It looks like scrappy Chrysler LLC might yet escape the auctioneer’s gavel.
The smallest of the three major U.S.-based automakers cleared two major hurdles yesterday in its quest for survival, agreeing on a concession agreement with negotiators for the United Auto Workers and winning ratification of its cost-cutting deal with the Canadian Auto Workers.
That leaves two obstacles standing between Chrysler and up to $6 billion in additional loans from the U.S. government: A partnership deal with Italy’s Fiat Group SpA and an agreement to swap equity for debt with banks and hedge funds that hold $6.9 billion in secured Chrysler loans.
Details of the UAW deal weren’t disclosed, but the union said it was crafted together with Chrysler, Fiat Group SpA and the U.S. government. That means the cost cuts have been blessed by the Treasury Department, which has been overseeing efforts to restructure Chrysler and its Detroit counterpart, General Motors Corp.
It also means Fiat was heavily involved in negotiations, a sign that the Italian automaker is serious about taking a 20-percent stake in Chrysler in exchange for providing the Auburn Hills, Mich., company with small-car technology.
Chrysler has been surviving on $4 billion in government loans and may get another $500 million to keep it alive through Thursday’s deadline to restructure to the government’s satisfaction. If it can’t close the final deals, however, no more government money will be made available and the company almost certainly would be auctioned off in pieces under bankruptcy court supervision.
Chrysler CEO Robert Nardelli told employees today in an e-mail that management is doing all it can to get more government aid and save their jobs.
Nardelli said management’s No. 1 priority is to preserve Chrysler and the livelihoods of its 54,000 employees. He also said Chrysler owner Cerberus Capital Management is working with former owner Daimler AG to divest itself of a 19.9-percent stake in Chrysler.
For weeks, it appeared Chrysler might not be able to meet a deadline many in the industry considered impossible. But White House economic adviser Larry Summers said yesterday the Obama administration is holding out hope that Chrysler can avoid bankruptcy court.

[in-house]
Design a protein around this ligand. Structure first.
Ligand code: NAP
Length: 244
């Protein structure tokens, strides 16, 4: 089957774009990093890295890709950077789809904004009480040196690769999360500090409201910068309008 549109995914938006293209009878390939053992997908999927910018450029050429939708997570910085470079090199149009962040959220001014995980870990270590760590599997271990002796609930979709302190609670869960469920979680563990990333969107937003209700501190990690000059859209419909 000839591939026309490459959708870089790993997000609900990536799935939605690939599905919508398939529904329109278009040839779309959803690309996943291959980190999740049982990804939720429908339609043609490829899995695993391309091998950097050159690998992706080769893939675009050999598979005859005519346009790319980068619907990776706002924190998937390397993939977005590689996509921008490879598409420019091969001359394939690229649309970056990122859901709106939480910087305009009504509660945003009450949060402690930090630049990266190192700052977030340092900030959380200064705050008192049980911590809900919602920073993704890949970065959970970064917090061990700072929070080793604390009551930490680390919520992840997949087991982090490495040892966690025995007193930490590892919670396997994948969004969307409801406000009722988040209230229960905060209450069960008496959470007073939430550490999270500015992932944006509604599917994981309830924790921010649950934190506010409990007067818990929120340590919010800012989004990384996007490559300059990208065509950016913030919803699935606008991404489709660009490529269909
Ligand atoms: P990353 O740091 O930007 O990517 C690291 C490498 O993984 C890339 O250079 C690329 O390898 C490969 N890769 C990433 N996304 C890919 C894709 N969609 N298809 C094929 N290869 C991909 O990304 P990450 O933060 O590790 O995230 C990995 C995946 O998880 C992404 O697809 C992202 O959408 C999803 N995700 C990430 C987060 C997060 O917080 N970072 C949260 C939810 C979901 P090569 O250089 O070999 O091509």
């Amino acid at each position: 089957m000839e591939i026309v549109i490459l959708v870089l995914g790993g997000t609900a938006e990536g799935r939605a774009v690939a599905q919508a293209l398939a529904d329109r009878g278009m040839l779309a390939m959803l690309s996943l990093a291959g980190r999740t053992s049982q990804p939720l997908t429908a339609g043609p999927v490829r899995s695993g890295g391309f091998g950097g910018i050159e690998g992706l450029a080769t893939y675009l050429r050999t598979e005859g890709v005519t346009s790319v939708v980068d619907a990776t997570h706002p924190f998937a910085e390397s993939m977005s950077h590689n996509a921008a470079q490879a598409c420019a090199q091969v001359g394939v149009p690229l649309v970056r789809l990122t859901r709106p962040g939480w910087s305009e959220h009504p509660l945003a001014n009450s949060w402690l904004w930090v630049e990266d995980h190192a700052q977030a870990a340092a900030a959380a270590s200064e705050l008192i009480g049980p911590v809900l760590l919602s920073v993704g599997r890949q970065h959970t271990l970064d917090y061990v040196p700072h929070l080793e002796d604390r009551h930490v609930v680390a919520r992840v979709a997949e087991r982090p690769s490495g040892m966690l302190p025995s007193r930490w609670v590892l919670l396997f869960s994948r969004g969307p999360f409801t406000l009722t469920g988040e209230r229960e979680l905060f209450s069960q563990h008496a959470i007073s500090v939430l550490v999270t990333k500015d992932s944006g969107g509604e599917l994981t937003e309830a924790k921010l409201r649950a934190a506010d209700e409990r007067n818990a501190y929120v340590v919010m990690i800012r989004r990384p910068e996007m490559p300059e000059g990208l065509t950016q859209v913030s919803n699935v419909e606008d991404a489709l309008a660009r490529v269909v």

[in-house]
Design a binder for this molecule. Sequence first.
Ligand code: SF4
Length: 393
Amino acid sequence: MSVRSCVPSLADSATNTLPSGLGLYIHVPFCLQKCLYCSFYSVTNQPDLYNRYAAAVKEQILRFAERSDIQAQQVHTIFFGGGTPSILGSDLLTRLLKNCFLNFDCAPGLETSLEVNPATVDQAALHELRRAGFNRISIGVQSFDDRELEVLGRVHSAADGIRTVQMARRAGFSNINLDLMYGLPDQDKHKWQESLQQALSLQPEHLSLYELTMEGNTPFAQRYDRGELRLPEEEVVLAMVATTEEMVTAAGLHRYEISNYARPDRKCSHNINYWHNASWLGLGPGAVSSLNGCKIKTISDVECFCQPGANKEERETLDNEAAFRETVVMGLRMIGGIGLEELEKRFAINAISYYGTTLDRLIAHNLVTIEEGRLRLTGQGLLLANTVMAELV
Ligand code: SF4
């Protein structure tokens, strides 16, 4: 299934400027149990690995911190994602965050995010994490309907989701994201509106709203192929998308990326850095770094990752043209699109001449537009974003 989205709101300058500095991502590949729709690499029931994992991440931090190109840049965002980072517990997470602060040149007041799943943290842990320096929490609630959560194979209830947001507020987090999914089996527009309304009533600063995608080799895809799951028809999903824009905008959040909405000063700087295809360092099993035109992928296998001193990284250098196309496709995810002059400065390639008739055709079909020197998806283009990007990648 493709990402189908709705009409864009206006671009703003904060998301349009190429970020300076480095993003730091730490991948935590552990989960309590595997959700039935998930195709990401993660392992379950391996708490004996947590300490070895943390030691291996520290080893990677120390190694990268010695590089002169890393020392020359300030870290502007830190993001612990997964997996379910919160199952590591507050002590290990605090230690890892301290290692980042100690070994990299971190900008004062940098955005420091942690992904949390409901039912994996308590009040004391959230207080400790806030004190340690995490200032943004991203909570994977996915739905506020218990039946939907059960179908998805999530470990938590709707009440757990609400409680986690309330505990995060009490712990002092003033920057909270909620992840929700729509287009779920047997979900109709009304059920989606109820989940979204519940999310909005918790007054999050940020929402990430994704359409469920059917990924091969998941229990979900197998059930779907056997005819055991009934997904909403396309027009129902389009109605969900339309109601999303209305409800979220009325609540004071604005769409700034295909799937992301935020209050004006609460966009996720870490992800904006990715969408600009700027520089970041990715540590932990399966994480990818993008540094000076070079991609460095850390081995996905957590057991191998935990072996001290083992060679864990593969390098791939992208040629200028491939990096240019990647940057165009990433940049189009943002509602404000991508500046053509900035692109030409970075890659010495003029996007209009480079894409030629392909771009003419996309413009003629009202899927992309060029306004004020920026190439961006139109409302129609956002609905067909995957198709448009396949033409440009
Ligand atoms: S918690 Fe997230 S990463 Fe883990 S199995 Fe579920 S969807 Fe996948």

And two people briefed on negotiations with Fiat said the companies are close to signing a deal as long as debtholders agree to take equity in the company for a portion of the $6.9 billion they are owed. The people didn’t want to be identified because talks have not been made public.
The UAW late yesterday called the concessions painful but said the deal takes advantage of the Obama administration giving Chrysler and its workers a second chance. The administration in February rejected Chrysler’s original restructuring plan, saying the company could not stand on its own and had until April 30 to make further cuts and take on Fiat as a partner.
“The provisional agreement provides the framework needed to ensure manufacturing competitiveness and helps to meet the guidelines set forth by the U.S. Treasury Department,” Chrysler Vice President of Labor Relations Al Iacobelli said in a statement. “As a result, Chrysler LLC can continue to pursue a partnership with Fiat SpA.”
Separately, Canadian Auto Workers President Ken Lewenza said their deal makes labor costs competitive with non-unionized Toyota in Canada. It will save Chrysler about $198 million U.S dollars a year even though it doesn’t cut base wages or pensions amounting to the $15 an hour in savings the company was seeking.
The agreement eliminates Christmas bonuses, semiprivate hospital room coverage, certain drug fees and a one-time vacation buyout of $2,885. It also reduces break times and vacation time.
Meanwhile, debtholders, the company and the Treasury Department remain far apart on terms to swap equity in the company for much of the debt. A counteroffer to the debtholders from the Treasury is expected as early as today.